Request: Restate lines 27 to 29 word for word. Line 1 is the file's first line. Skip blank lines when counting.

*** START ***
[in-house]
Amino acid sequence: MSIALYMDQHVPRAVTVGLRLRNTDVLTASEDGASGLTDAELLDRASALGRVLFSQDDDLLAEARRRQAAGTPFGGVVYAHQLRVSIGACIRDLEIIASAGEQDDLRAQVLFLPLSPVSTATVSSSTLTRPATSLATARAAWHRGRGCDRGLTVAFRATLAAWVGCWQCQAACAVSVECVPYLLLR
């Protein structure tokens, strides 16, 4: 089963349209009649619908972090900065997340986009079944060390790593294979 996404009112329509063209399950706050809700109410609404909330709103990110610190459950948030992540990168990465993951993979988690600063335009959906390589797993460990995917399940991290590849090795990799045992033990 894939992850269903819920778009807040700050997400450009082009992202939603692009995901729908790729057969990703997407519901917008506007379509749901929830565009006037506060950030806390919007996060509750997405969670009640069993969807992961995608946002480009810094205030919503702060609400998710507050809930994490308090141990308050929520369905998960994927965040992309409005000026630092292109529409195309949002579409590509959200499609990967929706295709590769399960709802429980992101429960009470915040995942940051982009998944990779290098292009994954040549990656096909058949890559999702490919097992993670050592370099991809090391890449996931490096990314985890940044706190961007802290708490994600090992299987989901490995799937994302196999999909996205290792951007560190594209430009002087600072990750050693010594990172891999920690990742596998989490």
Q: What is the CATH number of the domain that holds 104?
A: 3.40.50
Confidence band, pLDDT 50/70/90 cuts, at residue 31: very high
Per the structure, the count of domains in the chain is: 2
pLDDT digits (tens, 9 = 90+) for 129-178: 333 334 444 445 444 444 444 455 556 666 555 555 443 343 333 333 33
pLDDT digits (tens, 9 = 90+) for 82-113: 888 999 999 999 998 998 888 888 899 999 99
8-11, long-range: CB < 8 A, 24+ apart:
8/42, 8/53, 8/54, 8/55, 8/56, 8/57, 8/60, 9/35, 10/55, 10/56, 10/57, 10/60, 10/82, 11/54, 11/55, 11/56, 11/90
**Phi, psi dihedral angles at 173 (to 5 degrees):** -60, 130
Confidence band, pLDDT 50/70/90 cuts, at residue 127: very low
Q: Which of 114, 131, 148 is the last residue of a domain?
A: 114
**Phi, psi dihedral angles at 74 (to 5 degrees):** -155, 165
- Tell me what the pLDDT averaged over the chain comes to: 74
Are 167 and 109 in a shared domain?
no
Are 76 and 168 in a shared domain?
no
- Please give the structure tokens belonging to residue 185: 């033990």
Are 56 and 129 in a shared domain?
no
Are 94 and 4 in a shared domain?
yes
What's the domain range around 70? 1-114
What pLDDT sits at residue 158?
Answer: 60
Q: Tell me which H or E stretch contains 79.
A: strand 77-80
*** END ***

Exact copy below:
What's the domain range around 70? 1-114
What pLDDT sits at residue 158?
Answer: 60